Alexandria Eby Jean Baptiste Aka is an Alexandrian and an African immigrant. He brims
with faith and passion to serve the community he now calls home and to build bridges across the Atlantic. He says this “spirit of service” is the “spirit of America.”
Aka came to the U.S. in 2000 as an educator from Côte d’Ivoire in West Africa. Having taught in Ivory Coast at a Christian school full of expats, missionaries and diplomats, he wanted to take his multicultural experience abroad. He has taught various grade levels in Minnesota, Virginia, and Washington, D.C. In 2002, he decided to stay. Now 46, he has called Alexandria home for 13 years. He and his wife, both immigrant citizens, have two young children.
Aka’s commitment to youth stems from his own experience growing up in the hardship of a small Ivory Coast village, and in particular from his mother. “Mom told me early to live useful, to make sure…[to] touch…other people’s lives” he said. He learned from her example. “She [would] be taking care of people’s children. She [would] be sharing food. She [would] be involved in resolving conflict. … She was everywhere.” When Aka was a teenager, his father left. Aka stayed in school to support his mother, who suffered from an eye sickness that ultimately blinded her. He has been taking care of her ever since, now by sending money.
Aka is a man of strong faith. “I have served a lot. I have been sharing the gospel [with] young people. I have … a strong bond with people. Not only mentoring students, but I have been mentoring young adults, even adults. So … my spirituality is very strong. I’m Christian and I love God. And … the love [of] God is a very big part … of my life,” he said.
Rich Hurst, who used to be a pastor at McLean Bible Church in Vienna, where Aka both worked and worshiped, concurs. Aka “is a devout believer” and “a great lover of people,” he said. “I have never met a person with as much heart to serve teenagers and young adults,” he wrote in the foreword to Aka’s 2010 book “The Walk to the Stage of Honor.” Aka wrote the book as a guide to moral development for youth.
Aka hopes that his example and mentorship will help young people rise above their challenges. “I think if I can give a little bit to another young person … maybe some will rise beyond their circumstances … to be where I am today,” he said.
To that end, he serves on the board of directors for the Campagna Center, a local nonprofit, which runs programs for youth and families. And in 2009 he founded Global Caravan for Education and Cultural Exchange, an Alexandria-based charity that, among other things, has incrementally outfitted an elementary school in Ivory Coast with books and computers. Also in connection with this work, Aka participated in an education roundtable in 2015 with then Secretary of Education Arne Duncan.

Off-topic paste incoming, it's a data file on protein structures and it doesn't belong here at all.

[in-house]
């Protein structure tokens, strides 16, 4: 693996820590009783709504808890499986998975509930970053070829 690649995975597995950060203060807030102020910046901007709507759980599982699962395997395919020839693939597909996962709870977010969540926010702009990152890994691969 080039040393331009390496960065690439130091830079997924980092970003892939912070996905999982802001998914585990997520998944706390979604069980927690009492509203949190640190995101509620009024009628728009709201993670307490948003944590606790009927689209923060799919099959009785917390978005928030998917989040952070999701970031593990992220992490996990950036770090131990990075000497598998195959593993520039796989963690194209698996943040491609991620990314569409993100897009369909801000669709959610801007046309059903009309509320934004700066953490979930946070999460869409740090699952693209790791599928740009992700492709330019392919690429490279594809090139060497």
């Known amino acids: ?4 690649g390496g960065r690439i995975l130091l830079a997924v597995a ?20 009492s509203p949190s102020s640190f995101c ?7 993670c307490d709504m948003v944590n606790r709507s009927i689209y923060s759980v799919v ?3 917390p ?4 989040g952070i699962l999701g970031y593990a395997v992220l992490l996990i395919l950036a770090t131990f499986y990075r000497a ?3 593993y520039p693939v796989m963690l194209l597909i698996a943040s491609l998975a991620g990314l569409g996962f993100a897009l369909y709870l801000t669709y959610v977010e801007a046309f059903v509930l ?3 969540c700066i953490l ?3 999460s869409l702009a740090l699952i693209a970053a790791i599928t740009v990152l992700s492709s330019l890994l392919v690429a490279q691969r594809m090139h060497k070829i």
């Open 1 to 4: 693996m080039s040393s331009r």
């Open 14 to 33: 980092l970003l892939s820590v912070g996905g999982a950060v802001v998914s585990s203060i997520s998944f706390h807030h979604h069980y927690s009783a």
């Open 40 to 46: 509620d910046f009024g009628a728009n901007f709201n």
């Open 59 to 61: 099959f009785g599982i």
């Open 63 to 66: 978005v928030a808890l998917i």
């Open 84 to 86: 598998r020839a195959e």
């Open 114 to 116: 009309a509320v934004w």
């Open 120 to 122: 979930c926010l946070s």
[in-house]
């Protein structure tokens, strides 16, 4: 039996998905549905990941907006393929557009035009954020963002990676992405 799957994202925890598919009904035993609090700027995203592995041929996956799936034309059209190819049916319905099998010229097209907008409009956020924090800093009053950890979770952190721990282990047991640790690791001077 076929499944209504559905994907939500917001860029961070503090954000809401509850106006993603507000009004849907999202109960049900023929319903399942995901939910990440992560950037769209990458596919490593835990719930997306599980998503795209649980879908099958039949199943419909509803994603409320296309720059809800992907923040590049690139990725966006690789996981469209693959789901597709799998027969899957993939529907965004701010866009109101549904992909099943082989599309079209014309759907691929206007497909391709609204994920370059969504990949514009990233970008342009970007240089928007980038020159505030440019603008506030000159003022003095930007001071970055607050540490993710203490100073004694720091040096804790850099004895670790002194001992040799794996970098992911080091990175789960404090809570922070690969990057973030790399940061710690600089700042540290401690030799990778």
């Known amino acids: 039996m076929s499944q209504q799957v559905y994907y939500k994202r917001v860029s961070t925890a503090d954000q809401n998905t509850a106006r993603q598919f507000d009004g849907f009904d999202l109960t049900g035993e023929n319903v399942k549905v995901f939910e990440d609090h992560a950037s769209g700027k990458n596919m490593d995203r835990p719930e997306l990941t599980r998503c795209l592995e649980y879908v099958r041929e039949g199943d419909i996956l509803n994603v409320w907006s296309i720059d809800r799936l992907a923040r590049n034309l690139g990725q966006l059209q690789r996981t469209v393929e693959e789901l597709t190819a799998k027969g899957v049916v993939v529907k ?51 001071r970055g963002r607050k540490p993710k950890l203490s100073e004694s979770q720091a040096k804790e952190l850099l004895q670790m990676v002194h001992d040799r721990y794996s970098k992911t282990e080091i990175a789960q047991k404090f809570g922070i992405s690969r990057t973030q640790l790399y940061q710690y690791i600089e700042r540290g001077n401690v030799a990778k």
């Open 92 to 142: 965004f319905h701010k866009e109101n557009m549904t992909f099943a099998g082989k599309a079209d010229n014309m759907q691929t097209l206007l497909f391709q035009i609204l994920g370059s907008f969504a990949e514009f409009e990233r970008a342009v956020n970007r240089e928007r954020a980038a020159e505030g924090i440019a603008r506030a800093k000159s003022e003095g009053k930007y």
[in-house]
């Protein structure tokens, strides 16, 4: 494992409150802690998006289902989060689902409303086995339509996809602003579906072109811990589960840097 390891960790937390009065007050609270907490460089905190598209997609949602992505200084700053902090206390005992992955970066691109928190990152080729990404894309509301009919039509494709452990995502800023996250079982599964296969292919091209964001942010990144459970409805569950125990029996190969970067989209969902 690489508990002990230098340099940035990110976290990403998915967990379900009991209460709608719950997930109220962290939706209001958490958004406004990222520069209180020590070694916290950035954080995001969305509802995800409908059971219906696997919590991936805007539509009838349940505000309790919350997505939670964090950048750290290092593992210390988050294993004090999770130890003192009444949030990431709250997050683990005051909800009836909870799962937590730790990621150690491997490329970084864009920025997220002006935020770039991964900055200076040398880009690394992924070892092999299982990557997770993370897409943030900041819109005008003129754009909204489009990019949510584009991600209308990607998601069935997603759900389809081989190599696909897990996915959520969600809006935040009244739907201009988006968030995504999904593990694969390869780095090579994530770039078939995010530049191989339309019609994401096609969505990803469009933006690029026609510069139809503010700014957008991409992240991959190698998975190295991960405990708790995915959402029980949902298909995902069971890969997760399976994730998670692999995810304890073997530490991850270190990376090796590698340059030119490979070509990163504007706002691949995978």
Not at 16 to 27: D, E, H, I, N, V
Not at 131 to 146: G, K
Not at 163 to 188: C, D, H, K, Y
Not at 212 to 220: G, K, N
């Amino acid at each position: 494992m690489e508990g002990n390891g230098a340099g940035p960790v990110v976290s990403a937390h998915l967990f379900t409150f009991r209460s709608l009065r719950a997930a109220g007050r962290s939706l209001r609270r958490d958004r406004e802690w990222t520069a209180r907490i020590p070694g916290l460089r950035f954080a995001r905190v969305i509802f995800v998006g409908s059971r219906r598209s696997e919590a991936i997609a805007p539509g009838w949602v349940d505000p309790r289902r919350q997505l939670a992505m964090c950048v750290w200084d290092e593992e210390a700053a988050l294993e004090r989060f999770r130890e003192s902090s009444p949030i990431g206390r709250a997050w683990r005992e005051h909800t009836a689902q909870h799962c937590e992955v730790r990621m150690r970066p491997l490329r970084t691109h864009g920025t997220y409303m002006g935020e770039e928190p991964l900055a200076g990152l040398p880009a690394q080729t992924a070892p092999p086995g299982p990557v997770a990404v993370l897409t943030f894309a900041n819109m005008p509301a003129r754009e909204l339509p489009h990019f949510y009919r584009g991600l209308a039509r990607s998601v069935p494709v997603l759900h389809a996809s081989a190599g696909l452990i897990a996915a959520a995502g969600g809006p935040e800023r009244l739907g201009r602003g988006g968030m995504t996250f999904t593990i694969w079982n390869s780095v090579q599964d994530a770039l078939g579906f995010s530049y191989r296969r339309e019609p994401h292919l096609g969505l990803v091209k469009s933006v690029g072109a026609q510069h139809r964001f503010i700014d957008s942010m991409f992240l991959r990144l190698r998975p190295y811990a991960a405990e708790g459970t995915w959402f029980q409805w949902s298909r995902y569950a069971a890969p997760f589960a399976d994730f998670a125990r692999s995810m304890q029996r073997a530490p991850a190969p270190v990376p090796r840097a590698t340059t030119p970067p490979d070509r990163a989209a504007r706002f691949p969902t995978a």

Joan Vistica, Global Caravan’s senior operations coordinator, feels inspired by Aka’s optimism and energy “about how things could be.”
Aka has since left career teaching. He’s been paying the bills by driving for Uber and selling his book. With his children growing up, he said it’s time to pursue his “stock of [business] ideas.”
Last year he launched Eburnie Partners Corporation, which aims at developing mixed use and mixed income real estate in Africa. Aka says “Africa is going to grow for a very long time,” so he expects a very good return on investment.
But it’s not only about the money. Aka wants some of the profit to fund charity work. And he envisions the business itself as a service. Unlike other commercial enterprises that just “take resources out,” Aka says builders can “transform” communities in a lasting way.
“[We will] not only build our building and just make [a] profit and get out,” said Cherif Memene, Eburnie Partners’ director of finances and Aka’s longtime personal friend. “We will look at the area. OK, what can we give back to that area? Do they have a school? If they don’t have a school, the social par t… [is] that we build a school for them.” Or perhaps a hospital or a clinic.
Construction would also provide jobs to low-skilled local workers, said Memene. And upscale properties would attract foreign owners, who would in turn buy from local businesses. With this boon to surrounding commerce, locals “can go home and put the kids through school, they can take the sick parents to the hospital, and they can put food on the table for their family,” he said.
All in all, Aka believes his endeavors captures the American spirit.
“The political climate … [is such that] some people look down [on] immigrants — people like me — not even knowing what I am doing for this country.” He experienced a confrontation with two people who “were not talking nicely. … I first said, ‘What a privilege to be born here …’ … I asked them, ‘Can you … show me the list of what you do to serve America, besides your paycheck?’ They didn’t have a list. And I said, ‘Well, being American is more than filling your tummy and going to sleep. I’m not from here, I wasn’t born here. [But] I’m a proud citizen, and I can show you a list of what I’ve been every day doing.’
“This is a great country and I believe each one of us from somewhere else, who comes here, we should be not just people who live to take from this country, but a people who will live here also to build. … American is about more than our own selves. And I want to make sure I teach my children that. … [I am] proud to be a citizen of this nation that has accepted me. And I’m part of it, and I will make sure … I take every opportunity I get [to] do something that can be useful for this country and contribute its growth and its wellbeing. Because American wellbeing means so much good for the rest of the world too.”